Manero

King of Electronic Nostalgia

By: José Manuel Simián

The year was 2004 and the sounds were fresh and elegant. On the cover of that vinyl album—we can still see it, winking at us from the record-store bin—was a mysterious face under an Afro, repeated three times. The slim letters read “Federico Aubele.” The title was Gran Hotel Buenos Aires. And for many nights, the record spun in our living rooms, giving a new sense of sophistication to the South American city with its subtle mix of tango, electronica and Spanish guitar. 

But while others stuck to the formula of electronic tango in the following years (we’re looking at you, Bajofondo), Aubele went on a quest of his own. On his third album, Amatoria, he succeeded in exploring the corners of romantic ballads, and in Berlin 13, he blended the techno sounds of the German city he lived in for two years into his sound. Now, on his fifth album, simply titled 5, Aubele has made his signature Buenos Aires downtempo even more layered and mysterious, as if he were closing the circle after a long trip.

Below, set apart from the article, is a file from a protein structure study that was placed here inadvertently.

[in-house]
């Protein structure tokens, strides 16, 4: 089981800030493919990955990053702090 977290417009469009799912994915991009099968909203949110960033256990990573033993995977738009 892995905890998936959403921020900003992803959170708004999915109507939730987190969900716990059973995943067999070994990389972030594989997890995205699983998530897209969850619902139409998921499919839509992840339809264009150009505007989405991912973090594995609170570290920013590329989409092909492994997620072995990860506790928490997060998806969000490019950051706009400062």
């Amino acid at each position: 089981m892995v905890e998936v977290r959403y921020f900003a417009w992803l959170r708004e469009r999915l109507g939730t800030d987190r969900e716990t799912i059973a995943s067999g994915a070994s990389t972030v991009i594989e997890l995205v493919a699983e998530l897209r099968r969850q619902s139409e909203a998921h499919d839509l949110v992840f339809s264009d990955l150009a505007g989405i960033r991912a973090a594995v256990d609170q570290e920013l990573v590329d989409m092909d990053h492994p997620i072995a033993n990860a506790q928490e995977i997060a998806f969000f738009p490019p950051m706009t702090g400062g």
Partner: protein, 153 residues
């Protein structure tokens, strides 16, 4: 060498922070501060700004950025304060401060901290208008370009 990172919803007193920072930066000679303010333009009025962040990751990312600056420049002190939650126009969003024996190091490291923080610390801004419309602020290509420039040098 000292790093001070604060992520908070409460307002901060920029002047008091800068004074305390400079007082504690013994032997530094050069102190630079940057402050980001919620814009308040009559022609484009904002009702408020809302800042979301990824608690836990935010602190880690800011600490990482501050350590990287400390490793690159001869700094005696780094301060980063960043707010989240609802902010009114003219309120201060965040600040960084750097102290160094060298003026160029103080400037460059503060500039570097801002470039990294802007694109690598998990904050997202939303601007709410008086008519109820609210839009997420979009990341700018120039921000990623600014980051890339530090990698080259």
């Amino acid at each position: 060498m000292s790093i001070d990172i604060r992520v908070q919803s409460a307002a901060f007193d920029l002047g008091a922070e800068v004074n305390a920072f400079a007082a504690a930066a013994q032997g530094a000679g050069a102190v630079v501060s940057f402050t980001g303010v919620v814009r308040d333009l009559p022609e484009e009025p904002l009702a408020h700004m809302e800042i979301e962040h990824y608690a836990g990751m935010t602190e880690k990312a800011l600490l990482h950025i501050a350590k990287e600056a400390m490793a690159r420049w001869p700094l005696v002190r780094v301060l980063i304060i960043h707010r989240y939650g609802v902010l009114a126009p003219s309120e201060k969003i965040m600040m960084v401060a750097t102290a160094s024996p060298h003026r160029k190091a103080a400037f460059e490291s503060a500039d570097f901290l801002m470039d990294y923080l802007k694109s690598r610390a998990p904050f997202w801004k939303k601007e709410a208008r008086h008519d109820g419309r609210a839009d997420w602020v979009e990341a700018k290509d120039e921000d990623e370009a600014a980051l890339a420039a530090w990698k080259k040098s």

Composed and recorded over a period of two years at his Brooklyn studio, 5 is a beautifully crafted, multilayered affair—the result of a creative process that Aubele has described as like that of a painter in his atelier. Listen, for instance, to the first single, “Laberinto de Ayer,” a hypnotic blend of ballad, dub and bandoneón riffs that will put you in a nostalgic trance. It will also make you feel that Buenos Aires and Brooklyn are actually just a few blocks apart.

José Manuel Simián is the Executive Editor of Manero. He used to be a lawyer and is probably listening to Bob Dylan as you read this.